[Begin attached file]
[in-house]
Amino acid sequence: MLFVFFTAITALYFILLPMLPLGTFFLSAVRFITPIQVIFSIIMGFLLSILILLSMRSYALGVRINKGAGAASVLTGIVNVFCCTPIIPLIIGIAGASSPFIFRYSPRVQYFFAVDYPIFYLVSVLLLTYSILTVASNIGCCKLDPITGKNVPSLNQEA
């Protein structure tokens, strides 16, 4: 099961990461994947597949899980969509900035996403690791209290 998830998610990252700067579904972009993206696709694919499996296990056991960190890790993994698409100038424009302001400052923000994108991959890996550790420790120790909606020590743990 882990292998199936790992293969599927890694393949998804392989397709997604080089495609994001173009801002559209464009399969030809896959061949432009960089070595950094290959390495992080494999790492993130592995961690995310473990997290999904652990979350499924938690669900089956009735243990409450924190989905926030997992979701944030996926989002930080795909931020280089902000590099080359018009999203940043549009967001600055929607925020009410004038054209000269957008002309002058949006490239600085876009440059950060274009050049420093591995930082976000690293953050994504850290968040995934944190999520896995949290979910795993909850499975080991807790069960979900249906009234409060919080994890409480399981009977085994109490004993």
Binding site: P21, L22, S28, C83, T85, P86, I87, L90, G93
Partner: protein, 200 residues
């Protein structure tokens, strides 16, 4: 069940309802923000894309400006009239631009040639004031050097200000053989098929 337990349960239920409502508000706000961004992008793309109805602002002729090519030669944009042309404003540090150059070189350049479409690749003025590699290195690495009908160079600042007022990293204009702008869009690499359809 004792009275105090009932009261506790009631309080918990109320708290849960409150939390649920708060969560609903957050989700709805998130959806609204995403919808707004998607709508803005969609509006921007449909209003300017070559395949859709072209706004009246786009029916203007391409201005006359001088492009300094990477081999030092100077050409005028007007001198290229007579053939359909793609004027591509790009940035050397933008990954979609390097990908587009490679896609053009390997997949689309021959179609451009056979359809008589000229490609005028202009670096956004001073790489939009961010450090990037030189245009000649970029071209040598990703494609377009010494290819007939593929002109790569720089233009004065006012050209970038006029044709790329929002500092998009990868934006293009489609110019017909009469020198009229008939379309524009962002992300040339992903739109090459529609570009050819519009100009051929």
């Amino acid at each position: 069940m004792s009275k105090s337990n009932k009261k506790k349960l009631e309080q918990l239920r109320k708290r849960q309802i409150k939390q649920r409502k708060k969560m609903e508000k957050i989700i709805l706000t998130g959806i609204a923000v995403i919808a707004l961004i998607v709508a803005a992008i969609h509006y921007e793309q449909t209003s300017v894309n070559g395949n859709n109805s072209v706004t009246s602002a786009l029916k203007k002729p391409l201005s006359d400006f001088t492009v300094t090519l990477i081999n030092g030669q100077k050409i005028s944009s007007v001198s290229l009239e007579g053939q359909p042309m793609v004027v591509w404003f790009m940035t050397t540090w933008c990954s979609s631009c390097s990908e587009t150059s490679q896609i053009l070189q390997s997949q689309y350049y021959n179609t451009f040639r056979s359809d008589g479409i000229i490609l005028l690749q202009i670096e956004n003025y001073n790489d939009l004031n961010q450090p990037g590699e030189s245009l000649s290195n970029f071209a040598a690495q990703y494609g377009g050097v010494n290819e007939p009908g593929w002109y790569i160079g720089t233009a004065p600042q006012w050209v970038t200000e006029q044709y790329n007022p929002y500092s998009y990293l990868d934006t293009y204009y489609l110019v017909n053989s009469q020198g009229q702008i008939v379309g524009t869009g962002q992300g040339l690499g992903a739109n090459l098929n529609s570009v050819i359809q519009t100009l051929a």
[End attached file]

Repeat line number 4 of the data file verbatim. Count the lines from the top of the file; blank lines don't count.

Binding site: P21, L22, S28, C83, T85, P86, I87, L90, G93